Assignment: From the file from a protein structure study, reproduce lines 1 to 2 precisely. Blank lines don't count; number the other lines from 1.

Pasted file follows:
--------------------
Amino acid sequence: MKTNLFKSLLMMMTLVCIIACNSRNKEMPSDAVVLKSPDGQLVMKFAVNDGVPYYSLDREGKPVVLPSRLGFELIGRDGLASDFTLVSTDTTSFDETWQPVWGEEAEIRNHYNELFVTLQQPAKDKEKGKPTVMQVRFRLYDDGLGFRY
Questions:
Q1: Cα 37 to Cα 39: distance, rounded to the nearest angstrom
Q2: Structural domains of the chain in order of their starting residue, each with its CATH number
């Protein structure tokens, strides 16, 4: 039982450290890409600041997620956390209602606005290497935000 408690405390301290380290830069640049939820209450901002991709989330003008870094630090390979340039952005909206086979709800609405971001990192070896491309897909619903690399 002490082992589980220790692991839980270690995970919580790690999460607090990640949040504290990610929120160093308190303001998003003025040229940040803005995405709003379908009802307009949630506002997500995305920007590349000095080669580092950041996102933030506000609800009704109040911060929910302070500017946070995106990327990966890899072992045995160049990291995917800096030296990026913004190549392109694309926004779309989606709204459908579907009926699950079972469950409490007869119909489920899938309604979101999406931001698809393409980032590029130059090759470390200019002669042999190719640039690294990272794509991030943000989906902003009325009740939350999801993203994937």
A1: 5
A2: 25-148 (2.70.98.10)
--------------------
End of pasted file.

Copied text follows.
Amino acid sequence: MKTNLFKSLLMMMTLVCIIACNSRNKEMPSDAVVLKSPDGQLVMKFAVNDGVPYYSLDREGKPVVLPSRLGFELIGRDGLASDFTLVSTDTTSFDETWQPVWGEEAEIRNHYNELFVTLQQPAKDKEKGKPTVMQVRFRLYDDGLGFRY
Questions: